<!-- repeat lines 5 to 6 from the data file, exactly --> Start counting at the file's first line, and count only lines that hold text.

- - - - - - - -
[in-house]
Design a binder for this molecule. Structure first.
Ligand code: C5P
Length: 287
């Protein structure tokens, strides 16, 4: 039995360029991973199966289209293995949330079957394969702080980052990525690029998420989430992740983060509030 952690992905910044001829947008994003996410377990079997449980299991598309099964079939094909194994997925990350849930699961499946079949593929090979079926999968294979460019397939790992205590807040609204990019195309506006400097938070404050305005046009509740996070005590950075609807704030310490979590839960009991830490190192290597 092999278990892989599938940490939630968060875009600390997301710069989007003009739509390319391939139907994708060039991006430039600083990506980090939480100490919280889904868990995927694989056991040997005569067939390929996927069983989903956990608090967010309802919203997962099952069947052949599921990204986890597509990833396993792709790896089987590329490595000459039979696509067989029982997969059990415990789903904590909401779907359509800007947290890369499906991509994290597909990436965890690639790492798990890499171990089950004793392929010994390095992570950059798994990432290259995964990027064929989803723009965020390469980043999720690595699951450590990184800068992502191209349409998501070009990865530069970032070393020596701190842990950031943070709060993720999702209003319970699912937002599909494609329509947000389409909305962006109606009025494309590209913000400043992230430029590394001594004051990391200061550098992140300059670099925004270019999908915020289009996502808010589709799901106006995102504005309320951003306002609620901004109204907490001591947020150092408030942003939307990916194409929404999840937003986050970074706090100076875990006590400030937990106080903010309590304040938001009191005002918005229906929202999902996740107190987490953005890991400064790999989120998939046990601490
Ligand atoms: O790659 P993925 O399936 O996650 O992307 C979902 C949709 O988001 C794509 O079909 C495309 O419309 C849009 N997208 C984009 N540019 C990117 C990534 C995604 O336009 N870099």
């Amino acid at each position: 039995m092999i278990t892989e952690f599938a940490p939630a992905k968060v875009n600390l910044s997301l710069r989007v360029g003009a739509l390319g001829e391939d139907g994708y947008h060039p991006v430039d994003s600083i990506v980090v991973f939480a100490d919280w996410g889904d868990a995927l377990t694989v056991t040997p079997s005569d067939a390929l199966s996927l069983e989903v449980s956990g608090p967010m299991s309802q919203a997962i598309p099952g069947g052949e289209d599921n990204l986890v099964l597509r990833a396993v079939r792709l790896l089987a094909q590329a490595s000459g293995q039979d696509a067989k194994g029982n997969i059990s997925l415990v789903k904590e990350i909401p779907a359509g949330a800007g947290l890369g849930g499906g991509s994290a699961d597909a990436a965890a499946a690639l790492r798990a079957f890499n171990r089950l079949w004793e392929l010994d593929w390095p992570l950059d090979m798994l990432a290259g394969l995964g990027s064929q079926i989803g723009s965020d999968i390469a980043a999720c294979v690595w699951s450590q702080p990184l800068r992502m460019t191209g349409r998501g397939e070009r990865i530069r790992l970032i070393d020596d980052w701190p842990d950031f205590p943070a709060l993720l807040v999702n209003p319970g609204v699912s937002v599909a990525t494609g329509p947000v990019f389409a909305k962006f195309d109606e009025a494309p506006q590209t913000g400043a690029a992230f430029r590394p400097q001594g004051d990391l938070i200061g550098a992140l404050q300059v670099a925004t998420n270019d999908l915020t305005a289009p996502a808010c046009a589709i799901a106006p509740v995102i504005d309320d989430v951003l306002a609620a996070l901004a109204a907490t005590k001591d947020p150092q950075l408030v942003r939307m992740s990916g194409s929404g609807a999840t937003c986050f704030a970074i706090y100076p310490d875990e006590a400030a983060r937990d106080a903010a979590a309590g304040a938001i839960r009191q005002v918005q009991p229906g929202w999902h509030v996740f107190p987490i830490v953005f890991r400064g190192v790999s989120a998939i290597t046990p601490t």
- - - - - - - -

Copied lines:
């Protein structure tokens, strides 16, 4: 039995360029991973199966289209293995949330079957394969702080980052990525690029998420989430992740983060509030 952690992905910044001829947008994003996410377990079997449980299991598309099964079939094909194994997925990350849930699961499946079949593929090979079926999968294979460019397939790992205590807040609204990019195309506006400097938070404050305005046009509740996070005590950075609807704030310490979590839960009991830490190192290597 092999278990892989599938940490939630968060875009600390997301710069989007003009739509390319391939139907994708060039991006430039600083990506980090939480100490919280889904868990995927694989056991040997005569067939390929996927069983989903956990608090967010309802919203997962099952069947052949599921990204986890597509990833396993792709790896089987590329490595000459039979696509067989029982997969059990415990789903904590909401779907359509800007947290890369499906991509994290597909990436965890690639790492798990890499171990089950004793392929010994390095992570950059798994990432290259995964990027064929989803723009965020390469980043999720690595699951450590990184800068992502191209349409998501070009990865530069970032070393020596701190842990950031943070709060993720999702209003319970699912937002599909494609329509947000389409909305962006109606009025494309590209913000400043992230430029590394001594004051990391200061550098992140300059670099925004270019999908915020289009996502808010589709799901106006995102504005309320951003306002609620901004109204907490001591947020150092408030942003939307990916194409929404999840937003986050970074706090100076875990006590400030937990106080903010309590304040938001009191005002918005229906929202999902996740107190987490953005890991400064790999989120998939046990601490
Ligand atoms: O790659 P993925 O399936 O996650 O992307 C979902 C949709 O988001 C794509 O079909 C495309 O419309 C849009 N997208 C984009 N540019 C990117 C990534 C995604 O336009 N870099």